The Nicene Creed

“We believe in one God, the Father, the Almighty, maker of heaven and earth, of all that is, seen and unseen. We believe in one Lord, Jesus Christ, the only Son of God, eternally begotten of the Father, God from God, Light from Light, true God from true God, begotten, not made, of one Being with the Father; through him all things were made. For us and for our salvation he came down from heaven, was incarnate from the Holy Spirit and the Virgin Mary and was made man. For our sake he was crucified under Pontius Pilate; he suffered death and was buried. On the third day he rose again in accordance with the Scriptures; he ascended into heaven and is seated at the right hand of the Father. He will come again in glory to judge the living and the dead, and his kingdom will have no end. We believe in the Holy Spirit, the Lord, the giver of life, who proceeds from the Father and the Son, who with the Father and the Son is worshipped and glorified, who has spoken through the prophets. We believe in one holy catholic and apostolic Church. We acknowledge one baptism for the forgiveness of sins. We look for the resurrection of the dead, and the life of the world to come. Amen.”

The creed says there is “One God”, that Jesus is God (i.e “True God from true God, begotten, not made, of one Being with the Father, through him all things were made.”), and that The Father and Jesus are distinct persons as is implied from terms that distinguish them like “True God FROM true God”, that the son is “Begotten”, as opposed to the Father is is the one doing the begetting. But to make sure that readers of this creed don’t infer that Jesus is a creation from this “begotten” language, they put the disclaimer “Begotten, not made. But what about The Holy Spirit? Well, the creed says that “We believe in The Holy Spirit, The Lord, the giver of life” sounds like a pretty God-like entity if you ask me. But is he identical with either The Father or Jesus? No, for it says He “proceeds from the Father and the Son”. A person cannot proceed from himself. So despite claims of The Watchtower Society, it seems the results of the council was full blown Trinitarian theology. It is odd, therefore, to say that “None of the bishops at Nicaea promoted a Trinity” when the creed that was the end result of the council asserts exactly that!?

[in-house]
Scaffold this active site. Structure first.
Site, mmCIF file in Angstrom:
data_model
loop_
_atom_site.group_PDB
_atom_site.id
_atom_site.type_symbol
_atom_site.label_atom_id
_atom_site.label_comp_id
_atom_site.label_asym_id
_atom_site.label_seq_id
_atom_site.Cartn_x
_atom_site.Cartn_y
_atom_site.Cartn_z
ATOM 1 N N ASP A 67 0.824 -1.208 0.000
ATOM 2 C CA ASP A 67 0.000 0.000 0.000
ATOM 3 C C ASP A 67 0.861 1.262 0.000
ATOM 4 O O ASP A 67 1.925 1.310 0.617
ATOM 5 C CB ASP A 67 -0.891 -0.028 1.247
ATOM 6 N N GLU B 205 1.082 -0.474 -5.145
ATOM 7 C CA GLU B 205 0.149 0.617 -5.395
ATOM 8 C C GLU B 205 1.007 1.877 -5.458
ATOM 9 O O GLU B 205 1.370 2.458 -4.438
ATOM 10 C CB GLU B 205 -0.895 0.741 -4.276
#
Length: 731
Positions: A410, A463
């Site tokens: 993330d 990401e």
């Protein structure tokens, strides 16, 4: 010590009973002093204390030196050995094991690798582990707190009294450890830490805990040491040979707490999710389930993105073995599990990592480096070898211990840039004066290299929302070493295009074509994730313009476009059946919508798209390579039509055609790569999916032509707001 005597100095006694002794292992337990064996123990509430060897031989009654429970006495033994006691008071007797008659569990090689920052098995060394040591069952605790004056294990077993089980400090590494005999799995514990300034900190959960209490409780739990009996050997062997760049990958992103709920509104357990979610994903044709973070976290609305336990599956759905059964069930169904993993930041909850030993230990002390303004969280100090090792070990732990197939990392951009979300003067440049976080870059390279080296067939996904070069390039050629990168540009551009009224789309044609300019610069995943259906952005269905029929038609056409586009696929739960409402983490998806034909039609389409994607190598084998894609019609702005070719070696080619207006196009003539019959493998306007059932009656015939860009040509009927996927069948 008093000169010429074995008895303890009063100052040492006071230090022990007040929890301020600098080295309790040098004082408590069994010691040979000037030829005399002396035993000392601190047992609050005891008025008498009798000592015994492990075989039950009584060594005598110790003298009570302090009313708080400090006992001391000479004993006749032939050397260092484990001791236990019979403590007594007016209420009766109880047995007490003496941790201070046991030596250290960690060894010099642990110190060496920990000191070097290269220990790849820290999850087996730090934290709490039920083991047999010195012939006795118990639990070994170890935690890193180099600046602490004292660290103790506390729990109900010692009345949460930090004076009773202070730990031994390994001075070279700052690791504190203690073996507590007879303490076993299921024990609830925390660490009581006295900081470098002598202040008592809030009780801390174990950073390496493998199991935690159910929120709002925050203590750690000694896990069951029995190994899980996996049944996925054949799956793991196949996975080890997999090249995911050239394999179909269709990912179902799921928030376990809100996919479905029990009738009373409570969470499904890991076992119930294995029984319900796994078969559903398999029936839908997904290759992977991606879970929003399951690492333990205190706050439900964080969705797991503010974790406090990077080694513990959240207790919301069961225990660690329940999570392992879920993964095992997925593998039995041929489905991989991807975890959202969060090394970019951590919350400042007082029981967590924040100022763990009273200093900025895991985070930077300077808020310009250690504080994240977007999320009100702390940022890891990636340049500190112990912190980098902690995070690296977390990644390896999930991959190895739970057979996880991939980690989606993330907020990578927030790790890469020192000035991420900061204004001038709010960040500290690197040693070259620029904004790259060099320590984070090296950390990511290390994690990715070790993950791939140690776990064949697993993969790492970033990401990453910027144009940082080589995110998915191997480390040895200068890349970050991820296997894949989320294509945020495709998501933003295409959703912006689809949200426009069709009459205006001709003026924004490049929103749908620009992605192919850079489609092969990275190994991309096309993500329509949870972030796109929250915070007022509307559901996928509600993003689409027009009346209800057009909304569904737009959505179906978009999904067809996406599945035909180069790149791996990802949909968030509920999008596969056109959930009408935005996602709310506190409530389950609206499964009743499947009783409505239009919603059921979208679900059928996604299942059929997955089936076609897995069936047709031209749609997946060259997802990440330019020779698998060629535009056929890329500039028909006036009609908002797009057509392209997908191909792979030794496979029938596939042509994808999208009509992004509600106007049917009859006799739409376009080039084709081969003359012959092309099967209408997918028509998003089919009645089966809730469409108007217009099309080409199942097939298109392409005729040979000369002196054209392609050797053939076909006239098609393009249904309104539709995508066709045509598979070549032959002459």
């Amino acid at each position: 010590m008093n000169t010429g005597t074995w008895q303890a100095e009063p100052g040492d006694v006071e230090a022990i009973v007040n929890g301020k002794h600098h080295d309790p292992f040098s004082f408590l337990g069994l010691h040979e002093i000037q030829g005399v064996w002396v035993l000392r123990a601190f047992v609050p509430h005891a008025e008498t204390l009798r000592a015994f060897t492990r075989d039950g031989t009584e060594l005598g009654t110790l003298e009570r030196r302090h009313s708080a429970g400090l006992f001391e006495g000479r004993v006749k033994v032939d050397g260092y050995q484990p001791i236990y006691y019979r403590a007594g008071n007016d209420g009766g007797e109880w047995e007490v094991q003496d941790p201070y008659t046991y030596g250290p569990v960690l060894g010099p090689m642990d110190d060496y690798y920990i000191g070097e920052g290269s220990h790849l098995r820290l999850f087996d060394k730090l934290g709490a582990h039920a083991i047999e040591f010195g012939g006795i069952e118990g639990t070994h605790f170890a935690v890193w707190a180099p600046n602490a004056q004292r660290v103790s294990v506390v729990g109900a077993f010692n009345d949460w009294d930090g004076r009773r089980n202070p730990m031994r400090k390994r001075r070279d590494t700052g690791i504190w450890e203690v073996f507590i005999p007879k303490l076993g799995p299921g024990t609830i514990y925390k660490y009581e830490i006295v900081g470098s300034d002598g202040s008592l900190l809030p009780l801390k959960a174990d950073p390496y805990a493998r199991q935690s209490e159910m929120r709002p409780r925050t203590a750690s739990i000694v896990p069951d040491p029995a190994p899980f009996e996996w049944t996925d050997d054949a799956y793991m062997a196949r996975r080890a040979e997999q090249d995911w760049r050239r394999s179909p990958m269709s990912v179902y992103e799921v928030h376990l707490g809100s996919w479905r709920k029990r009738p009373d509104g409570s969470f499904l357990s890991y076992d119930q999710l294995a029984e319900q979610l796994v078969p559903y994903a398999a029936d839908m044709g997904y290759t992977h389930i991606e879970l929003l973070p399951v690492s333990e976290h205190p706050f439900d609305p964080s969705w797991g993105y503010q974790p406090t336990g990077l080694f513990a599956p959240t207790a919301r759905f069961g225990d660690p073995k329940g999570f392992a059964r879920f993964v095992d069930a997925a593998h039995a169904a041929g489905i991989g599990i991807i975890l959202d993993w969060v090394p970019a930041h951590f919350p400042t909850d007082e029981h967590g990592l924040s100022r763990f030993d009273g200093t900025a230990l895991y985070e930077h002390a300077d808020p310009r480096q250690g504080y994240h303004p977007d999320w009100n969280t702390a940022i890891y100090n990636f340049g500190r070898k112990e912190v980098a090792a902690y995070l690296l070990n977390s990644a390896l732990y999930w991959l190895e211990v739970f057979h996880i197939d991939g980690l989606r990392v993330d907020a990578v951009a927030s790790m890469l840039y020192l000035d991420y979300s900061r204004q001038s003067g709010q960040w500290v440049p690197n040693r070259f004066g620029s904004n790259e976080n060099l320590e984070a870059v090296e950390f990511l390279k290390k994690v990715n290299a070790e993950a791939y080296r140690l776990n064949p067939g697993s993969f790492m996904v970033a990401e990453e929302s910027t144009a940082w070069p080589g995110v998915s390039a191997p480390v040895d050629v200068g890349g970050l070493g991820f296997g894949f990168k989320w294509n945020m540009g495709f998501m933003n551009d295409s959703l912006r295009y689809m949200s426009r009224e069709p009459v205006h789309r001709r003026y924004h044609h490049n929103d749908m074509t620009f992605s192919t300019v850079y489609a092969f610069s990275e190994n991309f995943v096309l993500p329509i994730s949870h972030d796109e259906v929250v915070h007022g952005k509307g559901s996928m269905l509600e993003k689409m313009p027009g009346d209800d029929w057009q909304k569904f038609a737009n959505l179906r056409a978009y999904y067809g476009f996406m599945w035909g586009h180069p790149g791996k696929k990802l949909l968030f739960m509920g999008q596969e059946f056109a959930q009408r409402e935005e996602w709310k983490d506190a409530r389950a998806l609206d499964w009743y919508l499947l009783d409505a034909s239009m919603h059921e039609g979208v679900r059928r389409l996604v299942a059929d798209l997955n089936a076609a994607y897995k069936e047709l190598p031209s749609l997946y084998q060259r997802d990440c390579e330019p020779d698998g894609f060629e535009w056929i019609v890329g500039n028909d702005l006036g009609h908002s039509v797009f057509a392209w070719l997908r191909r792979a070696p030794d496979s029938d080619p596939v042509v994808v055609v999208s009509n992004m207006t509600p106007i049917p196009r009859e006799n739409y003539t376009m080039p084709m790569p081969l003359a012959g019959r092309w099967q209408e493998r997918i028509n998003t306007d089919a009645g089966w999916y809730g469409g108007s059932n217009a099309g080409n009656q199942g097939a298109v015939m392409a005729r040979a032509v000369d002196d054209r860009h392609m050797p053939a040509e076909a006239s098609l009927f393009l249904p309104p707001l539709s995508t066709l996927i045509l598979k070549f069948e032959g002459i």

How Did The Trinity Develop – (2) Further Development?

They write \\“AFTER Nicaea, debates on the subject continued for decades. Those who believed that Jesus was not equal to God even came back into favor for a time. But later Emperor Theodosius decided against them. He established the creed of the Council of Nicaea as the standard for his realm and convened the Council of Constantinople in 381 C.E. to clarify the formula. That council agreed to place the holy spirit on the same level as God and Christ. For the first time, Christendom’s Trinity began to come into focus.”\\ – [28]From “Should You Believe In The Trinity?”, a booklet from The Watchtower Society. — … Continue reading